What are the Different Types of Night Splints?

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  • Written By: M. Scarbrough
  • Edited By: Lucy Oppenheimer
  • Last Modified Date: 30 September 2019
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Though night splints come in various designs, they help get rid of a foot problem by holding the foot and ankle in a specific position while the wearer sleeps. The foot problems that may be treated with a night splint can vary from plantar fasciitis to to drop foot to heel spurs, among others. Depending upon the problem the night splint aims to fix, the splint itself might be made from a soft or rigid material; it might be an adjustable splint or it might be fixed; and it may cover different parts of the foot, ankle, or leg area.

Night splints are typically a combination of a soft material, such as foam, and a rigid outer material such as plastic. The rigid part of the splint provides the immobilization, while the foam padding provides comfort. In an effort to make night splints more comfortable, some splints have padding outside the rigid external component as well. No matter what the style, manufacturers also strive to make the padding from breathable materials. Another feature in some splints is inclusion of a cold pack to provide extra pain relief. Some night splints can be folded for travel and are machine washable.


A dorsal foot splint gently pulls the toes upward to stretch the Achilles tendon and the plantar fascia ligament. The stretching serves to alleviate pain and speed recovery, and the dorsal foot splint is used to treat plantar fasciitis, Achilles tendinitis, and other heel problems. The splint sits on the shin so that the back of the ankle and the heel are typically uncovered. A dorsal foot splint is generally considered more comfortable than other night splints, which may lead to longer periods of wear at night and theoretically speed recovery.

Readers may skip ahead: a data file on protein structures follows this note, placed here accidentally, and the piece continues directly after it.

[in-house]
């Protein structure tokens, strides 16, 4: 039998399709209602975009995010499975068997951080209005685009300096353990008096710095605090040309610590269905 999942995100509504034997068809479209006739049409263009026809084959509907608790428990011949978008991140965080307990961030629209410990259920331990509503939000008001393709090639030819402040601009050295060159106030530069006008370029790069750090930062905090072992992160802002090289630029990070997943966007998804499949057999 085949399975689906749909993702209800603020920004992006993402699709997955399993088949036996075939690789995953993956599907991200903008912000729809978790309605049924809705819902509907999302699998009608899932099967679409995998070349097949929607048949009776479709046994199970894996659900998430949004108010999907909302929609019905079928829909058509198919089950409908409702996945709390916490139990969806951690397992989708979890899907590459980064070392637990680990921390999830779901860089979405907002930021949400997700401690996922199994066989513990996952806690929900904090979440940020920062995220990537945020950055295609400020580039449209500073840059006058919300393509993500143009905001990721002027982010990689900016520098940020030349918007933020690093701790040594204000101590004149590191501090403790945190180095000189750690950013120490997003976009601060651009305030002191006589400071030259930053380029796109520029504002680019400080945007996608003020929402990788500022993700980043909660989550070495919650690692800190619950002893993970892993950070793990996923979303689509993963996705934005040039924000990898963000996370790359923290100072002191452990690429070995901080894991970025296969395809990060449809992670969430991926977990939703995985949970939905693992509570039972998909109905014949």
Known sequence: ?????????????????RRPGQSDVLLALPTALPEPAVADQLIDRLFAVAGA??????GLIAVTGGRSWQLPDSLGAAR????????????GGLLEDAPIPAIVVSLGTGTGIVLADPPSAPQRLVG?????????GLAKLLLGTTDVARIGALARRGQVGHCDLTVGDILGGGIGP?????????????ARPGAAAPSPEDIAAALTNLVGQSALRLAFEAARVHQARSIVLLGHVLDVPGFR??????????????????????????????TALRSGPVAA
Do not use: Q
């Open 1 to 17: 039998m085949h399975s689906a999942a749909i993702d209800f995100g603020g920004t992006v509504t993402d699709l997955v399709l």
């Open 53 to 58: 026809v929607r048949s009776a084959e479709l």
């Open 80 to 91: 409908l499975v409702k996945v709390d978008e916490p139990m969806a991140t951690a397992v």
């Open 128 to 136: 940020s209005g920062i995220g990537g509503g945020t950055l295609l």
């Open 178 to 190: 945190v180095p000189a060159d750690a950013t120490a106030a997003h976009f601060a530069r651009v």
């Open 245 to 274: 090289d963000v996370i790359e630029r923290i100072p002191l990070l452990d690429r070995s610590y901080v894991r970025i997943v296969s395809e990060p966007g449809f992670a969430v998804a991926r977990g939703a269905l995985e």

A dorsal foot splint does not typically allow the splint to be adjusted for different angles of stretching. An adjustable boot style night splint, on the other hand, permits the wearer to adjust the amount of stretch used on the Achilles tendon. A patient might first wear the boot splint set at the lowest possible angle and then gradually increase the angle. This may help with pain management and may speed recovery.

A foam foot elevator is a device that helps prevent foot ulcers and foot drop. A polyurethane foam device is placed just above the ankle to elevate the foot above the bed several inches. A wide strap across the instep holds the foot gently in place in an upright position.


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Post 3

Just be careful that you don't try to fit night splints yourself, or even self diagnose what is wrong in the first place. It might not seem like a big deal to strap yourself into a splint every night, but if you pull one muscle out of alignment with another, you could end up in pain without knowing why.

If you don't want to go to a doctor, at least go to a physiotherapist and get their opinion.

Post 2

@MrsPramm - There are plenty of women who wear high heels all the time and don't need night splints, or other kinds of plantar fasciitis treatment.

The truth is that humans put their feet to all kinds of use and abuse that they weren't really designed for and sometimes that will mean they get hurt. Ideally, we'd all be walking barefoot over soft grass all the time, but that's not going to happen.

And a night splint isn't all that bad really. I've had to use one for a sprained ankle and it hardly bothered me.

Post 1

Often what causes the Achilles tendon to be short or tight in the first place, or causes plantar fasciitis until a night splint is necessary, is the overuse of high heels.

Women take them for granted, but they can be extremely damaging to your feet, particularly if you use them all the time. I know a couple of women who were told to wear a splint at night so they wouldn't end up ripping their tendons after they got too short. And they still insist on wearing heels everywhere.

I don't think people should never wear them, but they need to be seen as an ornament for special occasions, rather than an everyday shoe.

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